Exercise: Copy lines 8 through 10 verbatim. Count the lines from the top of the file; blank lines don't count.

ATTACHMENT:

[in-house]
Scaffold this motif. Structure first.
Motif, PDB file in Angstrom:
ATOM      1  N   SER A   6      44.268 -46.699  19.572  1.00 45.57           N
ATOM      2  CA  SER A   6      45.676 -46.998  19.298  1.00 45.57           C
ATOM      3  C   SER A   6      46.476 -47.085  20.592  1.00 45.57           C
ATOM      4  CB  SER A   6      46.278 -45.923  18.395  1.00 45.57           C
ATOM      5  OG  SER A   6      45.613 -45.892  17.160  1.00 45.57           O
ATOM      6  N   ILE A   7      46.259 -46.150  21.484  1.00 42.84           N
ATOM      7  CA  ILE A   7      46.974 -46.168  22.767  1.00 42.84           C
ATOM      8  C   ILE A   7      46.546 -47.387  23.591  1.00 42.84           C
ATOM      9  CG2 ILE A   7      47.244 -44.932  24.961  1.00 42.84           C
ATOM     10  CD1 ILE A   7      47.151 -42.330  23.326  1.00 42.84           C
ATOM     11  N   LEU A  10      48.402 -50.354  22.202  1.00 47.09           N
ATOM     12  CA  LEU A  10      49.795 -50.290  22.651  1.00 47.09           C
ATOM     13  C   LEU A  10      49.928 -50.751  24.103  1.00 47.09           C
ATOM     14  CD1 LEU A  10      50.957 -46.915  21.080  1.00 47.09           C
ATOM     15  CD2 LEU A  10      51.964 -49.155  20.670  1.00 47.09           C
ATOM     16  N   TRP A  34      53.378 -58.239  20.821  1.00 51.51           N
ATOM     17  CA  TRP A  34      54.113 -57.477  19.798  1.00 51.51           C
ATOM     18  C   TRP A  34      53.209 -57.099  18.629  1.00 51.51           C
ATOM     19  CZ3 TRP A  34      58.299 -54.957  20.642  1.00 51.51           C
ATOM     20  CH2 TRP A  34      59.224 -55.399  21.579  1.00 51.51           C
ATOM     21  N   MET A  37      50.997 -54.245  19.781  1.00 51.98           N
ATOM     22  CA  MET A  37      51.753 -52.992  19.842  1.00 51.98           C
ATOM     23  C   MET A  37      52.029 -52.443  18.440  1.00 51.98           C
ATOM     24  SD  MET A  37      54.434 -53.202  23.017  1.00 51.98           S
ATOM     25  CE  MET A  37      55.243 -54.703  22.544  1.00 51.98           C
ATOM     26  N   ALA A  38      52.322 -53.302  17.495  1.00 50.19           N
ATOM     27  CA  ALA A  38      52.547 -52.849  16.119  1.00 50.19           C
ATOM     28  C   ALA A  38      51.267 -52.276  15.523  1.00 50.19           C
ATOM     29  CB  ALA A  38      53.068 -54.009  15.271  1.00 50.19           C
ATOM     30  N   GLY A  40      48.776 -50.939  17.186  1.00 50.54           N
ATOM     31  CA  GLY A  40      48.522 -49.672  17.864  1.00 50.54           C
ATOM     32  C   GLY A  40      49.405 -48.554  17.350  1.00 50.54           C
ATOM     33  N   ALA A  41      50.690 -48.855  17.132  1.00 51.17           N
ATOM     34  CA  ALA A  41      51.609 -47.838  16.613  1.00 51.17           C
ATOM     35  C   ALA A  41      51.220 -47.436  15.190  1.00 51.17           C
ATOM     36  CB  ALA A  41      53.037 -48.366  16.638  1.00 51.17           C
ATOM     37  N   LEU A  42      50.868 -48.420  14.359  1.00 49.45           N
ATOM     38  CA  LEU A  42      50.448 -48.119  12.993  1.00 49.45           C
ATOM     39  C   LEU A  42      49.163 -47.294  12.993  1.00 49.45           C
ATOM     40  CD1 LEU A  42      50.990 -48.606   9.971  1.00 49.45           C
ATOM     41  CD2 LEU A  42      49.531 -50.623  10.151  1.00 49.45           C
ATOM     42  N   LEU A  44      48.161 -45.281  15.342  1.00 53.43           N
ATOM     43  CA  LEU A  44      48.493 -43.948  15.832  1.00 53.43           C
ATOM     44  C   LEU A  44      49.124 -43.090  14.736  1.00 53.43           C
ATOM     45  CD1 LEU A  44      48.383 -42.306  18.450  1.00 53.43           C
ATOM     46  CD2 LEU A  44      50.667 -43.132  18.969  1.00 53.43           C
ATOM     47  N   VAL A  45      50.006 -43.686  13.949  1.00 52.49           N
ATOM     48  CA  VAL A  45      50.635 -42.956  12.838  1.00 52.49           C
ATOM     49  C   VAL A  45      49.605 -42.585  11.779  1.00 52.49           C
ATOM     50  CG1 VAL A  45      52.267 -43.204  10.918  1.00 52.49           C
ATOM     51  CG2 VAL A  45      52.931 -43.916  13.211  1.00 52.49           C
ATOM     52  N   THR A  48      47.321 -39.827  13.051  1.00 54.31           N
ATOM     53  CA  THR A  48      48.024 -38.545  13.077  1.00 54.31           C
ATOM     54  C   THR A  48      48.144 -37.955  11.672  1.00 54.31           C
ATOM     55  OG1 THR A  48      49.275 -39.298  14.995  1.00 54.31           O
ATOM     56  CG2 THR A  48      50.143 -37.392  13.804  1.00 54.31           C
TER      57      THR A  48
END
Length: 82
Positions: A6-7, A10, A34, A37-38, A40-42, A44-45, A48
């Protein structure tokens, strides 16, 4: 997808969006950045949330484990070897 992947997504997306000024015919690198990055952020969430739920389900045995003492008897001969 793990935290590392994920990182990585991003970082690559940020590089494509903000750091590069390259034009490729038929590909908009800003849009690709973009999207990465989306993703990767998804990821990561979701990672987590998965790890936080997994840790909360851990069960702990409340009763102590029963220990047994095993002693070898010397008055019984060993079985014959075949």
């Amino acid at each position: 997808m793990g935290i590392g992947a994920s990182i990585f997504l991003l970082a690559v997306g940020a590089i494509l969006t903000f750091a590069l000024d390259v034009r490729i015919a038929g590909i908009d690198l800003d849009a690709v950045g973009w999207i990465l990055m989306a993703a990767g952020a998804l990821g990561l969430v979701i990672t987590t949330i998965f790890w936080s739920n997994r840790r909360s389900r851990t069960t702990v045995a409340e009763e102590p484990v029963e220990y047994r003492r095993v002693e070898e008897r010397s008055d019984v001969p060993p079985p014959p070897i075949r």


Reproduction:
ATOM      5  OG  SER A   6      45.613 -45.892  17.160  1.00 45.57           O
ATOM      6  N   ILE A   7      46.259 -46.150  21.484  1.00 42.84           N
ATOM      7  CA  ILE A   7      46.974 -46.168  22.767  1.00 42.84           C